Warning: This review alludes to the film’s ending.
This spin-off from Suicide Squad, with Margot Robbie reprising her role as Harley Quinn, has a plot mapped out like a toddler’s doodle. It takes most of the two hour-plus running time to get the titular Birds into the same room, and having done so, gives them a single thing to do together before they go their separate ways.
The parent movie was also a structural misfit – it had one act drawn out over two hours. Perhaps, to adopt the tiresome metacommentary that’s heard throughout Birds of Prey, that’s unfair – maybe the plot better resembles the giant target on Harley’s living room wall. There’s a single idea at the centre – teen pickpocket steals diamond coveted by crime lord and new free agent Quinn is told to bring her in or be killed – and lots of concentric story circles that orbit this centre, thereby enlarging a story that told straight would barely fill out a ten minute short.
Cathy Yan’s movie is full of sound and fury, but it’s an empty and overcooked spectacle that manages the unforgivable double whammy of being witless and boring. Your eyes grow weary of the DayGlo colour scheme, reminiscent of that other DC-inspired disaster of yesteryear, Joel Schumacher’s Batman movies.
Schumacher at least, exerted full control over his material, even if that material was toxic. Yan’s coarse, cokehead sensibility, makes for a disjointed and dispiriting film about nothing; a movie with dubious feminist credentials that ultimately amounts to a group of thin characters, who never transcend their signature traits, piling pain and physical injury onto a succession of psychopathic males.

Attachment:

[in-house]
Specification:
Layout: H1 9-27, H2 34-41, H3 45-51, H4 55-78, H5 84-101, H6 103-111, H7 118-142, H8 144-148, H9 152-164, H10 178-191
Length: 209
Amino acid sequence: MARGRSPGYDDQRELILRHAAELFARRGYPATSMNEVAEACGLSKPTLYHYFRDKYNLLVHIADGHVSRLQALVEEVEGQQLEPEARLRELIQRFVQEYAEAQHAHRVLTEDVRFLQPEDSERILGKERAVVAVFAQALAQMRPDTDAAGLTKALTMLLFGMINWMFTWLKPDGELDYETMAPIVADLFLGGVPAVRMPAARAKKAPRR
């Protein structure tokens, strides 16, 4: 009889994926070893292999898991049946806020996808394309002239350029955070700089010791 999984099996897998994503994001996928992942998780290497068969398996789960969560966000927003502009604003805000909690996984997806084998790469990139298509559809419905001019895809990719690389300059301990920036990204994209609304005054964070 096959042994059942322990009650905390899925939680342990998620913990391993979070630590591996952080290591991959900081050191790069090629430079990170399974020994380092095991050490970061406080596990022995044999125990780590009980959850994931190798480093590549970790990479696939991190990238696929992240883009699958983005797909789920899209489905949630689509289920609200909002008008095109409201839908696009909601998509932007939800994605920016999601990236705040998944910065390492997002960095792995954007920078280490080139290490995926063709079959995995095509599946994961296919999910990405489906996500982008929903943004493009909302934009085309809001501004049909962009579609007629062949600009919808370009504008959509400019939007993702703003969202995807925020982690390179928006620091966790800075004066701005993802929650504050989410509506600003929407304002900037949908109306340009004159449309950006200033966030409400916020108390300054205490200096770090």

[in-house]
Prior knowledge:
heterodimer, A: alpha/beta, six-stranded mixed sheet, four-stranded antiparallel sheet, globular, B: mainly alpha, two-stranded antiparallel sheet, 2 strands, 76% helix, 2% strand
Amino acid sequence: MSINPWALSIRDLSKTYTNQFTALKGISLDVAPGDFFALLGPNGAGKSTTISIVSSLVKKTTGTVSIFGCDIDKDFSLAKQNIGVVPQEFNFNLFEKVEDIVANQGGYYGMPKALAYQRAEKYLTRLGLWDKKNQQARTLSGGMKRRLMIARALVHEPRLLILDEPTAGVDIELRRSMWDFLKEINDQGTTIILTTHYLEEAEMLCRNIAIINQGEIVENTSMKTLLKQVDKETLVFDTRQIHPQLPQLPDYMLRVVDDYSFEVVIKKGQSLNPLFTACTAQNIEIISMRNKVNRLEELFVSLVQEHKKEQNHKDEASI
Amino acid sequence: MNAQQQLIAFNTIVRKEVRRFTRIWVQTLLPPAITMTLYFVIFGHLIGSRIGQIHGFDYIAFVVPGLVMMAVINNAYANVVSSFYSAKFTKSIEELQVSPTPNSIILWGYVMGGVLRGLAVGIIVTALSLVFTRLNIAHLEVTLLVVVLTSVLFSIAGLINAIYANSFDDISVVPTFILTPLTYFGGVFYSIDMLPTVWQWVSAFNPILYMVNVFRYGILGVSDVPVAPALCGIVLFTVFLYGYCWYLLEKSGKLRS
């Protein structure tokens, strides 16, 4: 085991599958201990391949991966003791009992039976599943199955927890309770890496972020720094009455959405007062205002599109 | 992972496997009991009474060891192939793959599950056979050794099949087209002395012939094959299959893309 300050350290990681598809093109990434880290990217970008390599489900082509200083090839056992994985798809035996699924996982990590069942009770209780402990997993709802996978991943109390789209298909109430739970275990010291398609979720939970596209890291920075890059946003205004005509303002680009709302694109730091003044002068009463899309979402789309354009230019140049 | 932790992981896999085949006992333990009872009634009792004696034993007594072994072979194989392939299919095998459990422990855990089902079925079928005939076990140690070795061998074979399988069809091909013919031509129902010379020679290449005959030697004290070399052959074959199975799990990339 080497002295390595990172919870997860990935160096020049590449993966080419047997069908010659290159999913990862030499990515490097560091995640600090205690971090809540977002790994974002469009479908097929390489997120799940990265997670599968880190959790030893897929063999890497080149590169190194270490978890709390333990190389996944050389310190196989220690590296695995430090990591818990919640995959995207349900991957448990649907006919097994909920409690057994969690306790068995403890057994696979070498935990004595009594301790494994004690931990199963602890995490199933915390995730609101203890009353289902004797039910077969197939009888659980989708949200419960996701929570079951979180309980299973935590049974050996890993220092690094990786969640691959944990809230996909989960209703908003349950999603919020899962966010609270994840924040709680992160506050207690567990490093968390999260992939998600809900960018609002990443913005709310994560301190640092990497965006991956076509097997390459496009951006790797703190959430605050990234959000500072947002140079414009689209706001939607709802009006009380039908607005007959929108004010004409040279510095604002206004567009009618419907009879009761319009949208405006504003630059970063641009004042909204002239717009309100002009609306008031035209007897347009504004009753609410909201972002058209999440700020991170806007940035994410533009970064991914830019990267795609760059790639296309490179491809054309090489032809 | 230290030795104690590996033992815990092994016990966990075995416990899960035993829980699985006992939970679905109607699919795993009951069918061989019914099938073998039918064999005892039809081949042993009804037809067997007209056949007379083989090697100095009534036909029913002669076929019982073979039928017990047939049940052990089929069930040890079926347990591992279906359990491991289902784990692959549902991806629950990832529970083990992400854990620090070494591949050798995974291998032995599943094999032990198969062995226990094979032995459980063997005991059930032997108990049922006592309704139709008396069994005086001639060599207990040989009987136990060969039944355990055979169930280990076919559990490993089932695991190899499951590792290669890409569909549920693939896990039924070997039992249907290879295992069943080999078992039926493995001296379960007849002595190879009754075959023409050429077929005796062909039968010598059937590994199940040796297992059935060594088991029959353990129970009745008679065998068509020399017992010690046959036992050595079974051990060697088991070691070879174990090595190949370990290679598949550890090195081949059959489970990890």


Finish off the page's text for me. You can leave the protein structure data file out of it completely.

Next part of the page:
Maybe women will cheer, but this male audience member felt like he’d had a mobile phone kicked at his head, or his legs broken, or his groin pummelled, and was left without a single joke or memorable sequence that he could point to that had alleviated the gloom.
The world of Gotham is supposed to be a depressing place – through irritatingly in the DCEU it’s just New York redressed, but Birds of Prey, content to be nihilistic and mean-spirited as an end in itself, gives the audience not one character it can engage with emotionally or psychologically, leaving them adrift in a world of sensory overload and fetishized violence. In short, it’s trash, and deserves to sink without trace, like Ewan McGregor’s body parts.